Captain Scott's Antarctic team letters published in book
The last letters written by members of Captain Robert Falcon Scott's expedition to the south pole have been published to mark the 100th anniversary of the discovery of their bodies.
The Last Letters: the British Antarctic Expedition 1910-13, has been compiled by Cambridge University's Scott Polar Research Institute (SPRI).
The bodies of Scott, Edward Wilson and Henry Bowers were found at their camp.
They died in 1912 after being beaten to the pole by a Norwegian team.
Scott, Dr Wilson, Lt Bowers, Capt Lawrence Oates and Petty Officer Edgar "Taff" Evans, reached the pole on 17 January 1912.
They had been beaten to it by Roald Amundsen's team.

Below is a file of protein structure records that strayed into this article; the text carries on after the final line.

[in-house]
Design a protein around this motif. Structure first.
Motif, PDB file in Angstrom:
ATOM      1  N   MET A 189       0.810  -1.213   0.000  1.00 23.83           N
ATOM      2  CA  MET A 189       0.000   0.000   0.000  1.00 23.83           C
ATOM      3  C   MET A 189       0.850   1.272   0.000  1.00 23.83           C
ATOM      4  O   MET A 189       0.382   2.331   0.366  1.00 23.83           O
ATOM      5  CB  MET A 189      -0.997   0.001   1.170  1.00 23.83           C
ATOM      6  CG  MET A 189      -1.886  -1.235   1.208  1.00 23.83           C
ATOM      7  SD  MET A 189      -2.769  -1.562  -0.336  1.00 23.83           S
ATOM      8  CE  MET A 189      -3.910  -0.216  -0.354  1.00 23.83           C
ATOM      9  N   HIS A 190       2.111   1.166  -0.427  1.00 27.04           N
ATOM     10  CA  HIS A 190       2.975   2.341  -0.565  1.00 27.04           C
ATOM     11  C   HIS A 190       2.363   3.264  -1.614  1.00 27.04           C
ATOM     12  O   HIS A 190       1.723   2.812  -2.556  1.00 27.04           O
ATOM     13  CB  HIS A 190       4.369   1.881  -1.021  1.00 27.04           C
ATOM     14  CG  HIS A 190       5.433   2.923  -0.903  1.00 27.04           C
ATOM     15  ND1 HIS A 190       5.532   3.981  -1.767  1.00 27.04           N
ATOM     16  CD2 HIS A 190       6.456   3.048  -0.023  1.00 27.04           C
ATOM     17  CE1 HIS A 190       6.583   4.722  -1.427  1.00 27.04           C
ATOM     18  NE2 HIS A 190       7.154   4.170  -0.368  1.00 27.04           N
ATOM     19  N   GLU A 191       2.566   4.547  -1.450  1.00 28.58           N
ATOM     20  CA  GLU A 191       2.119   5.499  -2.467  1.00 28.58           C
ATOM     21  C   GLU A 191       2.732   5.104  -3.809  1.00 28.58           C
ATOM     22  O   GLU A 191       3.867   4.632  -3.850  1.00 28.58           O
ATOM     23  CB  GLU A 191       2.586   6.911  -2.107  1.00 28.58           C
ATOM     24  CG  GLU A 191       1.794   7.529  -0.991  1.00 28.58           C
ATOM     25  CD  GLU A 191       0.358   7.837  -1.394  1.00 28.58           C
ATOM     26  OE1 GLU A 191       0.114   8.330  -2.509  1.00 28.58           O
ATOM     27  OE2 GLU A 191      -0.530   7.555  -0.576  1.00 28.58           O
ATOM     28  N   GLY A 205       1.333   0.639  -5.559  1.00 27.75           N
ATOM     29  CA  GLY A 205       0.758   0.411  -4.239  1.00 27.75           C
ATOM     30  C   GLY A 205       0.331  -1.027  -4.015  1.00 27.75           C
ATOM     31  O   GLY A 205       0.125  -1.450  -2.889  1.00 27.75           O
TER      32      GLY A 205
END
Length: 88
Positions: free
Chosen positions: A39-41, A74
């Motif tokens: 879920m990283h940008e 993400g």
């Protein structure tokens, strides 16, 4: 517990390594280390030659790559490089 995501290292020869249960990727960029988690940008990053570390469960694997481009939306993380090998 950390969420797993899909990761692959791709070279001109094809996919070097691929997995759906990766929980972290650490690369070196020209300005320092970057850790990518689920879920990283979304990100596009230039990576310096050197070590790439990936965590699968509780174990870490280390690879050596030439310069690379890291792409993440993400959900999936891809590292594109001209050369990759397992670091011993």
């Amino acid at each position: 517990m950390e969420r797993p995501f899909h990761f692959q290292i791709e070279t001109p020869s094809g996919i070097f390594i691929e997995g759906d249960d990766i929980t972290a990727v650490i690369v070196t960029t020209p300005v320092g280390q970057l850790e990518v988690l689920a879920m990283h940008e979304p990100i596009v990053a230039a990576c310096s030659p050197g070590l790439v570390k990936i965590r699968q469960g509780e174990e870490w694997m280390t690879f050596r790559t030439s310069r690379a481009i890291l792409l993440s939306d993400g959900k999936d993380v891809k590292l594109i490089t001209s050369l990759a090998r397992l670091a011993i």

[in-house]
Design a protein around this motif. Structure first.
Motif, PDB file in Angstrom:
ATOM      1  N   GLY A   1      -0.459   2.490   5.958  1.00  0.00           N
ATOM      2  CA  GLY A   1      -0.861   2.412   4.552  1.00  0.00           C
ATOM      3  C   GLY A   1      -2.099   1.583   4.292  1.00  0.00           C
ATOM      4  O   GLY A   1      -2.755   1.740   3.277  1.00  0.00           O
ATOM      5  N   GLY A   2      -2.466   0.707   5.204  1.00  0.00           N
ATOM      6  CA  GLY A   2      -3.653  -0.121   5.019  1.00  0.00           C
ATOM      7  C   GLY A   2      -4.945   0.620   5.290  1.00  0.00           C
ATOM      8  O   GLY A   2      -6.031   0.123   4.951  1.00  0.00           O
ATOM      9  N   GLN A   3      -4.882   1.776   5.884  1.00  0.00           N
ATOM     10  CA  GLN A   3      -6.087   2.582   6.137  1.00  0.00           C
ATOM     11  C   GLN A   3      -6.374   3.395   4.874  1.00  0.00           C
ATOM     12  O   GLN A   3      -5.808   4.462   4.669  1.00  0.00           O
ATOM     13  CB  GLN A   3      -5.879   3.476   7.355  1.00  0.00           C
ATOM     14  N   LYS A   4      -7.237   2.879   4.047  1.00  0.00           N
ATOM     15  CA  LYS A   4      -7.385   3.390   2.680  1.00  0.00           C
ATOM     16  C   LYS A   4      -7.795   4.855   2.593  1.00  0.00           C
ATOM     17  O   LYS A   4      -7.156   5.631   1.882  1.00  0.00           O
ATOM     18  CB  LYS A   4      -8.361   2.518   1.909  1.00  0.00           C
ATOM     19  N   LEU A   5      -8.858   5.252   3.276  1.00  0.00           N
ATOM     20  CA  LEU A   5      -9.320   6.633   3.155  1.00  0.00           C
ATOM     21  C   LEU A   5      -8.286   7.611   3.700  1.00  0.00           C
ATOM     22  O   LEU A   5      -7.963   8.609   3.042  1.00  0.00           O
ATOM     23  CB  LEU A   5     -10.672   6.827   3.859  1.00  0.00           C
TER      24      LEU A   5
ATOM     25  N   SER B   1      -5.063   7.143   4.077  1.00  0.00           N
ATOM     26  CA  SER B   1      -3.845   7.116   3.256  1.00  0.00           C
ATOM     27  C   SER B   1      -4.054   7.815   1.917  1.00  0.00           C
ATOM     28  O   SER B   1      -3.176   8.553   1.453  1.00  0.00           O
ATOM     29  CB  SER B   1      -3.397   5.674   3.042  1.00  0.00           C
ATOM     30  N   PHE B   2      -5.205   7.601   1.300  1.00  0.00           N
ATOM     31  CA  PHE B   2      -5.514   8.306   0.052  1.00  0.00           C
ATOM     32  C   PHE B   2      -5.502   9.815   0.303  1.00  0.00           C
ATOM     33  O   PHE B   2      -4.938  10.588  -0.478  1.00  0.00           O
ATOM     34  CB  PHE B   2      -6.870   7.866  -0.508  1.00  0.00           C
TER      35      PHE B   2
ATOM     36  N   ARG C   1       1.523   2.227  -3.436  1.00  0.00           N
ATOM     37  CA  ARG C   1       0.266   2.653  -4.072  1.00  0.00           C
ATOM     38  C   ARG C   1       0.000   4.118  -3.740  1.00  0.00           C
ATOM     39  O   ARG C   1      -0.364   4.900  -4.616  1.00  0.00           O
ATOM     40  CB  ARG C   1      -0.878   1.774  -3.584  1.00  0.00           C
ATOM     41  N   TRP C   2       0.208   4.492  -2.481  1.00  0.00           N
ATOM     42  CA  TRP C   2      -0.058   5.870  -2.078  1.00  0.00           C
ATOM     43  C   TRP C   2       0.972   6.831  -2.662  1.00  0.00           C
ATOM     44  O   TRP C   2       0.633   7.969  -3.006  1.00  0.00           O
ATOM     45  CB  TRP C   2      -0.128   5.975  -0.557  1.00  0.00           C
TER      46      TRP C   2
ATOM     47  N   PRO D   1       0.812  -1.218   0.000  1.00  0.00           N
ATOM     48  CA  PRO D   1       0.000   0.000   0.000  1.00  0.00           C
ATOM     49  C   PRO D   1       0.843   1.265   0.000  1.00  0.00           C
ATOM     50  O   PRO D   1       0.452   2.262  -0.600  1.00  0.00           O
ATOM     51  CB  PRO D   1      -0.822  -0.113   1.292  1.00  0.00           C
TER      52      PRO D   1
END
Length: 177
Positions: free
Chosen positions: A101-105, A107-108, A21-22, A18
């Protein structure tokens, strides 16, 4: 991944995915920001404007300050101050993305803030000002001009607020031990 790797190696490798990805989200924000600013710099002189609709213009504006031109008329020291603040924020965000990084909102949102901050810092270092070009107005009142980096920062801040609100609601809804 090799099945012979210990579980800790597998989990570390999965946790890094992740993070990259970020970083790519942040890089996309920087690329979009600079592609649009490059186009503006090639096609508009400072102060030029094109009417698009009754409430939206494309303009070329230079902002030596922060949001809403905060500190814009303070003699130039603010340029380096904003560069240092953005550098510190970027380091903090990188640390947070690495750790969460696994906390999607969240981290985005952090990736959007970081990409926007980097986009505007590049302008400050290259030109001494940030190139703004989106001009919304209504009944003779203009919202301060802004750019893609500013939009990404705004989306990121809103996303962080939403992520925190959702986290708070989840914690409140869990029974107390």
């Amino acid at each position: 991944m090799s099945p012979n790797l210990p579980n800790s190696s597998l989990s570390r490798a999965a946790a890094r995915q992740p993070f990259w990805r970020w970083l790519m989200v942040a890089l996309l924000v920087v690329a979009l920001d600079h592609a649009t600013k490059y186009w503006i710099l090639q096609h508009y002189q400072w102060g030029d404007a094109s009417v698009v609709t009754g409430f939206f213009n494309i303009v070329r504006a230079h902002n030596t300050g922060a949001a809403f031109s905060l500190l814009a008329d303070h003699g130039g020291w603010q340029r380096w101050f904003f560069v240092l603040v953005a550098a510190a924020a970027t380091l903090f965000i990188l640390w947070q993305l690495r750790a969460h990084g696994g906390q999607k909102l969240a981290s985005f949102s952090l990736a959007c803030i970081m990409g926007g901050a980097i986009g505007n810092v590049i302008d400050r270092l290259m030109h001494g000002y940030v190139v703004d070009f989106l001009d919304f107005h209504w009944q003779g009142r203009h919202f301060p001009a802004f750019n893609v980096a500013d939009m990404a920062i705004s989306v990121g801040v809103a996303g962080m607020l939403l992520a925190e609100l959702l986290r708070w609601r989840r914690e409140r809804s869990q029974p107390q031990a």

'Most poignant letters'
At the time, Scott wrote: "Great God! This is an awful place and terrible enough for us to have laboured to it without the reward of priority."
Evans died in February on the return journey. Oates left the camp and walked to his death in mid-March.
The remaining three set up their final camp on about 19 March where they wrote final letters to their families and friends.
A search party found the bodies in their tent on 12 November, 1912.
The newly-published book brings their final letters together in full for the first time, along with the texts of other surviving letters.
Naomi Boneham, archives manager at SPRI said: "The men wrote in the hope that one day their loved ones and friends would get to read their words.
"These are some of the most poignant letters ever to be written from the polar regions and I am delighted we can now bring them together for a wider audience to appreciate."